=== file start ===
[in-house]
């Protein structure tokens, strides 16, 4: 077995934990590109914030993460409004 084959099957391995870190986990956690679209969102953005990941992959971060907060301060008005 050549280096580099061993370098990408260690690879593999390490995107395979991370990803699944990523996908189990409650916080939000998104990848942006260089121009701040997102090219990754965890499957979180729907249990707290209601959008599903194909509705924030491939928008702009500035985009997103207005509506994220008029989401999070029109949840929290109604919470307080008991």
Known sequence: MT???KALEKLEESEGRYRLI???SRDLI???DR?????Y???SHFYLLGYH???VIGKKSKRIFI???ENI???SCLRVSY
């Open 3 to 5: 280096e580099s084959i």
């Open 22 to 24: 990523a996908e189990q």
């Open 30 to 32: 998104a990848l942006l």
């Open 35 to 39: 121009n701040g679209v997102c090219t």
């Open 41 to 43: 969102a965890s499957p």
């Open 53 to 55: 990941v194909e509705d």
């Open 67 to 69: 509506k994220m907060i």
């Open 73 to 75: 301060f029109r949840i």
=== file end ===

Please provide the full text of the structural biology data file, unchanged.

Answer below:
[in-house]
């Protein structure tokens, strides 16, 4: 077995934990590109914030993460409004 084959099957391995870190986990956690679209969102953005990941992959971060907060301060008005 050549280096580099061993370098990408260690690879593999390490995107395979991370990803699944990523996908189990409650916080939000998104990848942006260089121009701040997102090219990754965890499957979180729907249990707290209601959008599903194909509705924030491939928008702009500035985009997103207005509506994220008029989401999070029109949840929290109604919470307080008991």
Known sequence: MT???KALEKLEESEGRYRLI???SRDLI???DR?????Y???SHFYLLGYH???VIGKKSKRIFI???ENI???SCLRVSY
């Open 3 to 5: 280096e580099s084959i």
């Open 22 to 24: 990523a996908e189990q």
């Open 30 to 32: 998104a990848l942006l």
């Open 35 to 39: 121009n701040g679209v997102c090219t």
């Open 41 to 43: 969102a965890s499957p």
């Open 53 to 55: 990941v194909e509705d």
């Open 67 to 69: 509506k994220m907060i």
């Open 73 to 75: 301060f029109r949840i």